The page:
An investigation ordered by the Montgomery County Council has concluded there is no evidence that Planning Board nominee John P. Hewitt knew of or condoned segregated work facilities that existed in a parks maintenance yard while he was a top parks administrator in the 1960s and early '70s.
The 13-page report released yesterday concludes that there were separate lounge and lunchroom facilities for black and white workers at the Meadowbrook Yard during at least part of Hewitt's tenure with the Maryland-National Capital Parks and Planning Commission.
Many employes, including on-site managers, knew about the practice, the report said. But there is no evidence that Hewitt was ever told about or was aware of the segregation, even though he may have visited the facilities, according to the report by Andrew Mansinne Jr., director of the council's Office of Legislative Oversight.
Hewitt, a Silver Spring real estate agent whose nomination to the influential Planning Board has been sidetracked and his reputation tarnished by the racial allegations, hailed the report as a personal vindication.
County Executive Sidney Kramer, who had stood behind his choice of Hewitt throughout the month-long controversy, said the report "clears the air" and called for prompt confirmation of Hewitt.
But Montgomery County NAACP President Roscoe R. Nix, who raised the issue of segregated conditions at the Meadowbrook Yard, termed the report inconclusive and said he hoped the council would refuse to confirm Hewitt's nomination when it meets this afternoon.
An informal poll of the seven-member council yesterday showed three members favoring the 64-year-old Republican's nomination, with two members opposed and two undecided.
Mansinne's report is the result of a two-week investigation that included research in public documents and interviews with more than 30 witnesses, most under oath, in an attempt to reconstruct events that occurred at least 14 years ago in a Chevy Chase service yard operated by the commission that serves Montgomery and Prince George's counties.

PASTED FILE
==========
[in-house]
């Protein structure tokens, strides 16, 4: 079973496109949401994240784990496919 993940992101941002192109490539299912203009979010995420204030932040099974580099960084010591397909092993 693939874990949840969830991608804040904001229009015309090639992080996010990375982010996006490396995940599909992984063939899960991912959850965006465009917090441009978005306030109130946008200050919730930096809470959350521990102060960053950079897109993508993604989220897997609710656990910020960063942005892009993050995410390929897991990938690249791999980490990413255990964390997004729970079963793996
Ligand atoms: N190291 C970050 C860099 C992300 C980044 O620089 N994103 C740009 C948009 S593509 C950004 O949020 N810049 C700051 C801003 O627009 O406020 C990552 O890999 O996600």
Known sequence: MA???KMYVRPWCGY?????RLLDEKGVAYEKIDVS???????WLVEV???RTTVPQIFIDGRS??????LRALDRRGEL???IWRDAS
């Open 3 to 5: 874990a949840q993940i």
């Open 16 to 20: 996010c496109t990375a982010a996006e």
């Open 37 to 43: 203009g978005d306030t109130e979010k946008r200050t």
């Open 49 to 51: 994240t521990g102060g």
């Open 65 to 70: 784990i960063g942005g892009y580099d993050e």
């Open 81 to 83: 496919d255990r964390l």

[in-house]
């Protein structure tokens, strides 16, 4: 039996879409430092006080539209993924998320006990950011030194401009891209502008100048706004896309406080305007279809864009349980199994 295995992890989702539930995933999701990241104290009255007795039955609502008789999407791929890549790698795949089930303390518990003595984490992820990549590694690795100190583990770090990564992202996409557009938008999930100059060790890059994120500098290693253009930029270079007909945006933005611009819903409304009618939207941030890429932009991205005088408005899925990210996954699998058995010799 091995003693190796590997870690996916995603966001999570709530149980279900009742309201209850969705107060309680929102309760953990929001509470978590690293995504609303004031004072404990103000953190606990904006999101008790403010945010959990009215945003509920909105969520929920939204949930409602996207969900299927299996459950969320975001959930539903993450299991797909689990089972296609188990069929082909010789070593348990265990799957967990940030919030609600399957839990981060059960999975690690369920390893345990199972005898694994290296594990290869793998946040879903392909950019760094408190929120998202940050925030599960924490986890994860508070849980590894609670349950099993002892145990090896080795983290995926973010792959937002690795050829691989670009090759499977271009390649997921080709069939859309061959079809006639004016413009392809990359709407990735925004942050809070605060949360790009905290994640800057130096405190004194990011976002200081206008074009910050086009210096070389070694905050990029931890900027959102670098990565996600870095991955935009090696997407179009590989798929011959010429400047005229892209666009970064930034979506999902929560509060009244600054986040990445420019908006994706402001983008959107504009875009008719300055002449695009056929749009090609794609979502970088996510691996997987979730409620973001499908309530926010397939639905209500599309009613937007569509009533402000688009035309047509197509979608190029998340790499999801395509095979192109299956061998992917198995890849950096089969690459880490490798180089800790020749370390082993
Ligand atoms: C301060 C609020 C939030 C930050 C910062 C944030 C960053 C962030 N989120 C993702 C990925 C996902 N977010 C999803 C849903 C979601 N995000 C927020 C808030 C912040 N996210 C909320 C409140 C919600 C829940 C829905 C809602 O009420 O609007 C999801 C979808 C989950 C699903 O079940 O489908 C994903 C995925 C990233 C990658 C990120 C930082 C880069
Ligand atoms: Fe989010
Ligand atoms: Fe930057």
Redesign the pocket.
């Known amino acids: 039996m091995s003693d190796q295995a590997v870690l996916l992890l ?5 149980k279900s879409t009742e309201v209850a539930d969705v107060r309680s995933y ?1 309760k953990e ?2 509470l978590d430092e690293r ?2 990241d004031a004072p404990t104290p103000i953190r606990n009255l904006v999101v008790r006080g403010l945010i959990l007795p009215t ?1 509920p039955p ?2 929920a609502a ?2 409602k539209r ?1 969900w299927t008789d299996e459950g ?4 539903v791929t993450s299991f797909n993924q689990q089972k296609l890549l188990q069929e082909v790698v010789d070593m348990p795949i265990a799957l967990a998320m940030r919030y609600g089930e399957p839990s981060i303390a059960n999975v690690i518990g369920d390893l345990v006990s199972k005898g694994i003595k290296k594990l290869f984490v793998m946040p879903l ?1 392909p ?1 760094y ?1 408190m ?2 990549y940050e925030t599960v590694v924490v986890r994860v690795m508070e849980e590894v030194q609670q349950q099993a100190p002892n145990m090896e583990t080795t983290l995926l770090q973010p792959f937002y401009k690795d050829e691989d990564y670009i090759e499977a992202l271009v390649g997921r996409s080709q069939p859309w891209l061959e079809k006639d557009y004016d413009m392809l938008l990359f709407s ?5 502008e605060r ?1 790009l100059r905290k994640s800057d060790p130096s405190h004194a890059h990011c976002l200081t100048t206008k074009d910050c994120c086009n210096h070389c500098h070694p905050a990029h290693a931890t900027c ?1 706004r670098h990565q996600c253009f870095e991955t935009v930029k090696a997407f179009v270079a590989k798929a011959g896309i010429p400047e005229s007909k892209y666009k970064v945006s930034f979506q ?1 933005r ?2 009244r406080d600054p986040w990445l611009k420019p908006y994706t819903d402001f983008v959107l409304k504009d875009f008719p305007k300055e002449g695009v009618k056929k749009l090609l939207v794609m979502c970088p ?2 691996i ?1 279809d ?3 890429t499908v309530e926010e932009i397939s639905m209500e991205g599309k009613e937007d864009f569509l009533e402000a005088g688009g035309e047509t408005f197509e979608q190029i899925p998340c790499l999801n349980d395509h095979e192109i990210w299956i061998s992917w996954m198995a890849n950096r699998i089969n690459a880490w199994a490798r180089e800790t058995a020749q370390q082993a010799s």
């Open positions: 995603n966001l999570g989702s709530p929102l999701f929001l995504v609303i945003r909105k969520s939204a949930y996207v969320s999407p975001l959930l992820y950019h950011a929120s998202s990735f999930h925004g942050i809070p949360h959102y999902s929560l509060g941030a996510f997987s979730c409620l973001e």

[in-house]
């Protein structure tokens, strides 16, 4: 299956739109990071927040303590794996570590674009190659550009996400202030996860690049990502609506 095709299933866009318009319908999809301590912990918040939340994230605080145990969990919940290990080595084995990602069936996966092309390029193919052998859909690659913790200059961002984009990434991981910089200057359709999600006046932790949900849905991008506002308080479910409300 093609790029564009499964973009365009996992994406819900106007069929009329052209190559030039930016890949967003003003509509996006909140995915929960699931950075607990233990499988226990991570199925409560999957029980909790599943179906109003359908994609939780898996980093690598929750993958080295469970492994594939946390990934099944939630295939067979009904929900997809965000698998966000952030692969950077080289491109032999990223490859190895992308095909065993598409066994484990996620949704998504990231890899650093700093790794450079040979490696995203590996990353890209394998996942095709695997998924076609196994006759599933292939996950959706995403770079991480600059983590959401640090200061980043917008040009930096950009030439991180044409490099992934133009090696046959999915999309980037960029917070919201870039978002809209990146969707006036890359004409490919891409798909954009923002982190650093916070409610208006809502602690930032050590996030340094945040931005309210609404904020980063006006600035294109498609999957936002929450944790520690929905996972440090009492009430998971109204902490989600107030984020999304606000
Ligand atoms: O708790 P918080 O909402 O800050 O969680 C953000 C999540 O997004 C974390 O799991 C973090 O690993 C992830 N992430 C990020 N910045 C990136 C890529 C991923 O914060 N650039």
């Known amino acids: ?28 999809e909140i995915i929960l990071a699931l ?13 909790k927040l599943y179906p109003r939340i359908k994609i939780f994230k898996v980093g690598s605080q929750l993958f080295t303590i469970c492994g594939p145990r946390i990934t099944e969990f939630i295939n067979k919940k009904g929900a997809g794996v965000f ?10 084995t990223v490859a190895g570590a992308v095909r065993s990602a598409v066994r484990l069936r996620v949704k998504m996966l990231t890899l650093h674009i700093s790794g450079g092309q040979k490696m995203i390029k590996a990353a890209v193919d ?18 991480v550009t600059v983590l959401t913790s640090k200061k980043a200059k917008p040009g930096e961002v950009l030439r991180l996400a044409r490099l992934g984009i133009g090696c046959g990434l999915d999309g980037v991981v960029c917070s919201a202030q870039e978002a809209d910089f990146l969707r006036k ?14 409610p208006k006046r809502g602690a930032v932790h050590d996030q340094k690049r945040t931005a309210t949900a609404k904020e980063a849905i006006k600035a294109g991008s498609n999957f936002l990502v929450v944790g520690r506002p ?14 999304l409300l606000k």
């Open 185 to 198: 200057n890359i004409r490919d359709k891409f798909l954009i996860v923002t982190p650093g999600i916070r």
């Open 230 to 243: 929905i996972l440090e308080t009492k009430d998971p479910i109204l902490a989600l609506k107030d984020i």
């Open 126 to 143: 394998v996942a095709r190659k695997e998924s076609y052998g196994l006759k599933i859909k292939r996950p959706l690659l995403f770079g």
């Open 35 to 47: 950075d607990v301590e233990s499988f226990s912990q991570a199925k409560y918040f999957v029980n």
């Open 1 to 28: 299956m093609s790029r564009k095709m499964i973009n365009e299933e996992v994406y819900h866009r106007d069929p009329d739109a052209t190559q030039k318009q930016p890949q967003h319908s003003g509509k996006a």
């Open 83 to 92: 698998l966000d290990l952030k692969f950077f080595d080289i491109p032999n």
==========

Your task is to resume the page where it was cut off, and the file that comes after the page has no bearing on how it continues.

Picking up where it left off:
The report provides a glimpse into a little-known chapter of the past of a county proud of its recent stance on civil rights. It examines the practices and personnel of the Meadowbrook Yard in Chevy Chase during the mid-'60s and early '70s. Hewitt, who retired from the commission in 1974 after 29 years, held two top management jobs during this time: He was director of parks from 1957 to 1971, and was executive director of the bicounty commission from 1971 to 1974.
The report describes, starting in the mid- to late '60s, a work area with better conditions and with more amenities for whites than for blacks. There was no written or oral policy separating the work force, according to the report, but black employes felt unwelcome in the white area, and no action was taken by managers prior to 1974, when eight black workers filed a complaint with the Equal Employment Opportunity Commission. The facilities were eventually dismantled.
Hewitt told Mansinne that as director of parks he visited the Meadowbrook Yard about once a week and that he probably had been inside every building in the yard except one residence. He could not, however, recall specifics of any building and he testified he could not recall "ever visiting any room . . . in which the occupants were either predominantly white employes or predominantly black employes."
Nix said he had trouble believing that Hewitt didn't know the facilities were segregated after having been exposed to them. "Is the purpose here to certify Mr. Hewitt a cretin?" Nix said.
If the council confirms Hewitt to the $12,600 post of citizen-planner, Hewitt can take office tonight as the Planning Board meets on Silver Spring growth issues.